Haywire begins innocently enough: A cautious young woman (Gina Carano) sits at a roadside diner, a bit troubled at the appearance of an acquaintance (Channing Tatum). Their encounter begins a serpentine telling of black ops, double–crossing, government involvement, and a super agent who appears to be the female version of Jason Bourne. Who’s the good guy? Who’s the bad guy? What is the plot, anyway? Most of that is incomprehensible, and little of it matters. It’s all an excuse to put on an appealing, nicely–paced action spy thriller…
ClearPlay In Action!
… a violent, appealing, nicely-paced action spy thriller. The big draw for Haywire is casting Carano, a real–life mixed martial arts fighter, in the lead. Her presence lends authenticity to the fight scenes and they feel more intense and violent than most screen fighting. ClearPlay negotiates the more extreme violence, and about 20 or so instances of language. The rampant mayhem makes it best for mature teens and above.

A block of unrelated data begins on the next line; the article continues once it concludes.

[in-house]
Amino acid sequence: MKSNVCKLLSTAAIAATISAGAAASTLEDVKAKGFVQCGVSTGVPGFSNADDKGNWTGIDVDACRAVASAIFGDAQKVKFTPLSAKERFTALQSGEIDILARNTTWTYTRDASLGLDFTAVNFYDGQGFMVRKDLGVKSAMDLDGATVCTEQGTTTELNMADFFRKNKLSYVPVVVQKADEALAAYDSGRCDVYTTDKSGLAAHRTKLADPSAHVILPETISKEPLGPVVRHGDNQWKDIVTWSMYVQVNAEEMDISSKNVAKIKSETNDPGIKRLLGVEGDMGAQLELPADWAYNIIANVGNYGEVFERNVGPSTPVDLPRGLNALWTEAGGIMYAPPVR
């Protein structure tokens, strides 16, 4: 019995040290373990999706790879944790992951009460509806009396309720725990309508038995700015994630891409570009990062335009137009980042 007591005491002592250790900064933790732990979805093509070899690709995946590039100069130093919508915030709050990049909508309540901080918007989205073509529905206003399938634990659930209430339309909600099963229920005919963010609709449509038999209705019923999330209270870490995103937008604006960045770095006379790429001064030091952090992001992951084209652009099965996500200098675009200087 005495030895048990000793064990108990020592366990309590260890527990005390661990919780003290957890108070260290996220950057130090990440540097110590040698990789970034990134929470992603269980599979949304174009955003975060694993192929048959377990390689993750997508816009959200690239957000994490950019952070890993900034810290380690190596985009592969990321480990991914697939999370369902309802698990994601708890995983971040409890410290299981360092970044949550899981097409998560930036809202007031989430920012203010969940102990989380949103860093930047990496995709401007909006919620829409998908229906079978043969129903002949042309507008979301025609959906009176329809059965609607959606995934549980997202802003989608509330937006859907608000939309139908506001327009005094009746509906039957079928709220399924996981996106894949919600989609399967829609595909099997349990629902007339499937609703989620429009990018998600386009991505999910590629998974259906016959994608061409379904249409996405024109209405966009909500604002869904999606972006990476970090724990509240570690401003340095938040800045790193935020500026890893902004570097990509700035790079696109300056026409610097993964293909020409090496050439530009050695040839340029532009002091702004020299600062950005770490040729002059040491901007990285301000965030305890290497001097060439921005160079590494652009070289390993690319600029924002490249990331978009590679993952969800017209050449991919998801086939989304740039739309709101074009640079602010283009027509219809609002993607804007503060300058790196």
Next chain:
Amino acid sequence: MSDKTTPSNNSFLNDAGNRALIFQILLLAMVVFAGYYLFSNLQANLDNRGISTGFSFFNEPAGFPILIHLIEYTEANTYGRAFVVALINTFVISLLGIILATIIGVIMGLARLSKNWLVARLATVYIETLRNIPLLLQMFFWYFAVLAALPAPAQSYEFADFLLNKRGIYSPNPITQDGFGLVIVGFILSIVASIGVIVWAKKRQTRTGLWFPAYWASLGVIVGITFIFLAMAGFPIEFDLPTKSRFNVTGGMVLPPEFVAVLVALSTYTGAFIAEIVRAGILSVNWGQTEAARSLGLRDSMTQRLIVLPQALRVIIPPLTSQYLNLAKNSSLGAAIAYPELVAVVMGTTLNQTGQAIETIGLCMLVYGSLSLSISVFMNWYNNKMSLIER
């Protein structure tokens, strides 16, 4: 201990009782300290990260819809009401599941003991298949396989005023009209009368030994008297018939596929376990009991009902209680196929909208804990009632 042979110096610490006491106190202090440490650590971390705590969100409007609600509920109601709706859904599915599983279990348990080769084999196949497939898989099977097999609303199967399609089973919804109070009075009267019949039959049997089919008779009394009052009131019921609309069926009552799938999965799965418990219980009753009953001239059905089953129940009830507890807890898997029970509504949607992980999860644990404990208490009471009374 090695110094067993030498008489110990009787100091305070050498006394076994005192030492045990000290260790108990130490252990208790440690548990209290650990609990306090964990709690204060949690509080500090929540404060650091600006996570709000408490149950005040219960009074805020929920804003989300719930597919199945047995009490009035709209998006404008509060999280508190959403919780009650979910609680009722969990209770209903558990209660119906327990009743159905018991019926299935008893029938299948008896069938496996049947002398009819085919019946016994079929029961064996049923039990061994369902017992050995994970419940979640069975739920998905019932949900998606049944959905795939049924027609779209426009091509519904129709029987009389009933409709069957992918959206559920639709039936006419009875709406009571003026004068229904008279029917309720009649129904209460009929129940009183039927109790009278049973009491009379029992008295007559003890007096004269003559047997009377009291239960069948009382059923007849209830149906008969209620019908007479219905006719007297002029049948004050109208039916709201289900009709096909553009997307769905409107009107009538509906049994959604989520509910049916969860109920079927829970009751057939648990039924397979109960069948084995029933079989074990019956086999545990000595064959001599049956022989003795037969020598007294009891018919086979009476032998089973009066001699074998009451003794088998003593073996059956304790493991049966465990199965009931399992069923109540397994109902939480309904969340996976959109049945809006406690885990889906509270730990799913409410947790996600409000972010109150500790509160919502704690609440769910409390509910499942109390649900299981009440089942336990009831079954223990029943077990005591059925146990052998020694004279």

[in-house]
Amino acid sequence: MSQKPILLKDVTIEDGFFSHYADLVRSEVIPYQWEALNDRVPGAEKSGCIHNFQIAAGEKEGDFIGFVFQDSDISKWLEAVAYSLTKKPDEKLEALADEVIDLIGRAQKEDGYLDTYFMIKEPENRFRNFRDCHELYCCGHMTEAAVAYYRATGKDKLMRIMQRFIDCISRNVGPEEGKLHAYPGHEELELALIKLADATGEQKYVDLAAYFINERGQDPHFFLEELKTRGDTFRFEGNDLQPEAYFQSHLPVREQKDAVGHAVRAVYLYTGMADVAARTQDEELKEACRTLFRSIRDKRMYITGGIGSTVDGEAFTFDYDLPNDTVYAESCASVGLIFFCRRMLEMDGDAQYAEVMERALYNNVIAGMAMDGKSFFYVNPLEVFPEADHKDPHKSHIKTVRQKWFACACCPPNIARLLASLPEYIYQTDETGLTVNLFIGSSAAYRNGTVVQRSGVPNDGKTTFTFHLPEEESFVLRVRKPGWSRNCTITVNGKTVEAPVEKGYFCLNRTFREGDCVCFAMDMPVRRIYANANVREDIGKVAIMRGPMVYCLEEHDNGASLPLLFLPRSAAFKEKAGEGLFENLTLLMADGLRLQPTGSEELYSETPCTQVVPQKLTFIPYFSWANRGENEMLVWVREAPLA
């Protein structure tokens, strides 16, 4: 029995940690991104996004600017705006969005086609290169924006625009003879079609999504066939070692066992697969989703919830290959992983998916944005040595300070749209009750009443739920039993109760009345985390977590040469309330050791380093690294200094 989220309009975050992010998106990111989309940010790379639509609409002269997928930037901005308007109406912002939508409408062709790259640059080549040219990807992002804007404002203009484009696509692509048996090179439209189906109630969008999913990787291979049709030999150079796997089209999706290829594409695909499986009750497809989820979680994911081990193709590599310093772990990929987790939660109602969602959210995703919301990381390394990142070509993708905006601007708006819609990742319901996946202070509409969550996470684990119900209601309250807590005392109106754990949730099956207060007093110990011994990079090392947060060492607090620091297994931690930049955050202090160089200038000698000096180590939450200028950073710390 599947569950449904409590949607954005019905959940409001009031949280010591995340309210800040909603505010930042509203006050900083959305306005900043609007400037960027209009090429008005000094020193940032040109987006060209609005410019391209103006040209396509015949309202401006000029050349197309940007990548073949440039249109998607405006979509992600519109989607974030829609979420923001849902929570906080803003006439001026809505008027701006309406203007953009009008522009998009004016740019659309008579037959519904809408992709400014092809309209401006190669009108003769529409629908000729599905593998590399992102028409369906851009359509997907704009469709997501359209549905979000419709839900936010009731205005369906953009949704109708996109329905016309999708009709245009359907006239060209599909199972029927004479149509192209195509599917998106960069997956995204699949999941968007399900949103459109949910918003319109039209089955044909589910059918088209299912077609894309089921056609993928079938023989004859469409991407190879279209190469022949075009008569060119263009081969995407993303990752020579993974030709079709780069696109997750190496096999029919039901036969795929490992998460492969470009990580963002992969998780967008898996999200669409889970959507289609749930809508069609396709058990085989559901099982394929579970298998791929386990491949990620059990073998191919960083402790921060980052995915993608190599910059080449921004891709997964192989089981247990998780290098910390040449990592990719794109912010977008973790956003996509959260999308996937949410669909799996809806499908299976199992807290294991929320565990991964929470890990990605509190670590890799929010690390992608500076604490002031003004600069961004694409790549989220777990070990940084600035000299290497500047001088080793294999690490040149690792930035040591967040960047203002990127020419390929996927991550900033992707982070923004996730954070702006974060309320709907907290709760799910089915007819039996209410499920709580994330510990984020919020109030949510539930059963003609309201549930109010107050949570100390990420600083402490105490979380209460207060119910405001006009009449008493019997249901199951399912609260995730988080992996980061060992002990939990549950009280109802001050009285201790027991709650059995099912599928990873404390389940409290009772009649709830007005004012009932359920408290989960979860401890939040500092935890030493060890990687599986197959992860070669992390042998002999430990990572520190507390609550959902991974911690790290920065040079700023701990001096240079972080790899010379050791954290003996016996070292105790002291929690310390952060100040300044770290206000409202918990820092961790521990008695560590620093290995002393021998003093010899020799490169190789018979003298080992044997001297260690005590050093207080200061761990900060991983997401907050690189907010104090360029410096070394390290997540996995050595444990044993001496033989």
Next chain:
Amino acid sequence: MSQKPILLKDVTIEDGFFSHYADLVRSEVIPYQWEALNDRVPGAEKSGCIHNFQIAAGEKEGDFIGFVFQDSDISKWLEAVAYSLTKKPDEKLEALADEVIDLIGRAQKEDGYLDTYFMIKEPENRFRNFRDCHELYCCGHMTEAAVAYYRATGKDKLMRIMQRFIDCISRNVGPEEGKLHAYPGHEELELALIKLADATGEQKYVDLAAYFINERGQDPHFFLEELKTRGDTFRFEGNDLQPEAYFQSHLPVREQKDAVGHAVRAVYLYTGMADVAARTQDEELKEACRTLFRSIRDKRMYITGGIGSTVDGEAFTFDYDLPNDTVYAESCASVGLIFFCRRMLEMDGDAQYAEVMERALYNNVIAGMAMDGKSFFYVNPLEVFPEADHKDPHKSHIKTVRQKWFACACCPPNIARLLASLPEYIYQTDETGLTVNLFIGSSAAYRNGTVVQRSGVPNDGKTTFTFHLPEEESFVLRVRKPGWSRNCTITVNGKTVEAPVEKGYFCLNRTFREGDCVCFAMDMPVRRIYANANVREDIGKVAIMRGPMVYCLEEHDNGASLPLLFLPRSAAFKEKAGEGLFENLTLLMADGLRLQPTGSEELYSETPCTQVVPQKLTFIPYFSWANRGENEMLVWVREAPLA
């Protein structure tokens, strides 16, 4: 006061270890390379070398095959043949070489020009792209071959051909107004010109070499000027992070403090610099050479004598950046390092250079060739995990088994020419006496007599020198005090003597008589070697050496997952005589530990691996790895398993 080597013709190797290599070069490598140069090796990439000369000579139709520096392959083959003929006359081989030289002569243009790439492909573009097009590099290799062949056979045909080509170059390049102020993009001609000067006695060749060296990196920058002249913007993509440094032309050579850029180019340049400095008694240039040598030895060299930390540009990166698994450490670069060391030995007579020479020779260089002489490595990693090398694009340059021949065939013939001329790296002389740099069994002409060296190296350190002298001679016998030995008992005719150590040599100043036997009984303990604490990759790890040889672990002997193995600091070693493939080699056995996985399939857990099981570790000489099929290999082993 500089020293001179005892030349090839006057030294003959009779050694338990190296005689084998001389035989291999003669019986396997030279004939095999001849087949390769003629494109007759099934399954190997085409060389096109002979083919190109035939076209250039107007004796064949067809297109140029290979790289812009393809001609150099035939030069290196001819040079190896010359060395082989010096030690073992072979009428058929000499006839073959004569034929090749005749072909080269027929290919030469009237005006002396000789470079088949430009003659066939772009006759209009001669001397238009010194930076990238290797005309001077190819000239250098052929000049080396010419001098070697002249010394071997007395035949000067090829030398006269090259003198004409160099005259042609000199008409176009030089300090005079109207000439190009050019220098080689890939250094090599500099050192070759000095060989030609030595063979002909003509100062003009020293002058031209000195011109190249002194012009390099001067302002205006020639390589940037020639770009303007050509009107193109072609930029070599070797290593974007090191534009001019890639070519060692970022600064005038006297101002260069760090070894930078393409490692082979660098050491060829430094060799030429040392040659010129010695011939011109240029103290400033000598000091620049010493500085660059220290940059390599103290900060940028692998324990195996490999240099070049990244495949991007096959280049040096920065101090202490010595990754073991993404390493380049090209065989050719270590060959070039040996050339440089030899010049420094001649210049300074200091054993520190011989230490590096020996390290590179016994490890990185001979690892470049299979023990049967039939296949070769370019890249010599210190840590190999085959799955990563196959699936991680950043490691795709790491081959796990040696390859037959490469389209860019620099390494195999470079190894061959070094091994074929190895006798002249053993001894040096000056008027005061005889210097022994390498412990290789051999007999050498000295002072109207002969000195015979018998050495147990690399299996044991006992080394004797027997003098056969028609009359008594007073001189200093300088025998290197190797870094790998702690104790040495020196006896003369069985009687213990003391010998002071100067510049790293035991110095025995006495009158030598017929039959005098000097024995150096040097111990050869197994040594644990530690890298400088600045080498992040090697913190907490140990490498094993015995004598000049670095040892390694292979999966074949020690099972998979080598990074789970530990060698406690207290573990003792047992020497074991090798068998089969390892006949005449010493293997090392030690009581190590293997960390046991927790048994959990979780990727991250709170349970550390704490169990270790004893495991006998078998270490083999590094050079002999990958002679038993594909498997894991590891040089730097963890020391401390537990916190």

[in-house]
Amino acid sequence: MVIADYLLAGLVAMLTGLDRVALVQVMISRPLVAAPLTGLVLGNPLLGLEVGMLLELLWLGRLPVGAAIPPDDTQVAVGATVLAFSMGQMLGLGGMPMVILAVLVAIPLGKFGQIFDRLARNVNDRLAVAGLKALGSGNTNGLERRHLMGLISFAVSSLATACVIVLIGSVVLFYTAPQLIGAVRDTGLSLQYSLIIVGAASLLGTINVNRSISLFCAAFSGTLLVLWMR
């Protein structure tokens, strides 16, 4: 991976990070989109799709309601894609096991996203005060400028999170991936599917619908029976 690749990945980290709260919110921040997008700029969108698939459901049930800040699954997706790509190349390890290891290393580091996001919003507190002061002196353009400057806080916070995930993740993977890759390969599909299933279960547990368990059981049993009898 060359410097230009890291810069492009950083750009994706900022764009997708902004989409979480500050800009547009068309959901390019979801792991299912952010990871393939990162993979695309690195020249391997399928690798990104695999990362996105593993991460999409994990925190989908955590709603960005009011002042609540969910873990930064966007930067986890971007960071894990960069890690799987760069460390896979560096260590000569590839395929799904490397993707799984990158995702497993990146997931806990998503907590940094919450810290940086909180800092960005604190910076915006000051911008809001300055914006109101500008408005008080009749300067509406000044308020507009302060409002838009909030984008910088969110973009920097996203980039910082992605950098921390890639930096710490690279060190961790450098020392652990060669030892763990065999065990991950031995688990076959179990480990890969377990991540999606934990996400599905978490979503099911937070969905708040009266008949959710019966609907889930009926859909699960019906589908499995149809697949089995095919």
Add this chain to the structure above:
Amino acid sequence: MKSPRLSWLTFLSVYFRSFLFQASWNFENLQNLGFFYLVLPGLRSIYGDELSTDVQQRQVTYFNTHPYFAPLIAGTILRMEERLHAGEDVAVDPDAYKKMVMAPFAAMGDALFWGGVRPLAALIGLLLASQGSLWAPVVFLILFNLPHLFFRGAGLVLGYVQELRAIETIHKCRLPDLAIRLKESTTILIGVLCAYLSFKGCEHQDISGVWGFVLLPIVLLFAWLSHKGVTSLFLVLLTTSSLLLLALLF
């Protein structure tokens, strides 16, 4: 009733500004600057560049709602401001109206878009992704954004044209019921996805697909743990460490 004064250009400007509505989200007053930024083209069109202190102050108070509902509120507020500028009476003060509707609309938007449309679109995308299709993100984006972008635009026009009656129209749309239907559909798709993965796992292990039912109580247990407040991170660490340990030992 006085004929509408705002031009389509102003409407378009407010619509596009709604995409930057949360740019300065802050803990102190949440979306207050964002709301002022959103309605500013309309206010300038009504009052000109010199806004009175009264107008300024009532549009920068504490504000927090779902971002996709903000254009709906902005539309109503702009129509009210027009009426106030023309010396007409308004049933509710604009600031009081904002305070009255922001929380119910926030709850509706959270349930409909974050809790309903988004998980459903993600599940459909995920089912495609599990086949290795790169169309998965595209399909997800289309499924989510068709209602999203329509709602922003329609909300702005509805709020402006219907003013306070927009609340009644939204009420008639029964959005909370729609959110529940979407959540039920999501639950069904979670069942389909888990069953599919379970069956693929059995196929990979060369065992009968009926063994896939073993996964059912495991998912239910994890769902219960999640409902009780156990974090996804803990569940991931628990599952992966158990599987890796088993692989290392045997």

What goes right in Haywire?…
Action audiences tended to dislike Haywire while critics thought otherwise. I’m in the latter camp, and not for any esoteric, snobbish reasons. I just thought it had stylish direction (Thanks, Steven Soderbergh), and action scenes that felt more spontaneous than choreographed. Also, shout outs to a fine supporting cast of Ewan McGregor, Michael Douglas, Antonio Banderas, and Bill Paxton.
Marty Nabhan—ClearPlay Karate Chopper
Rated R for some violence; 93 min; Directed by Steven Soderbergh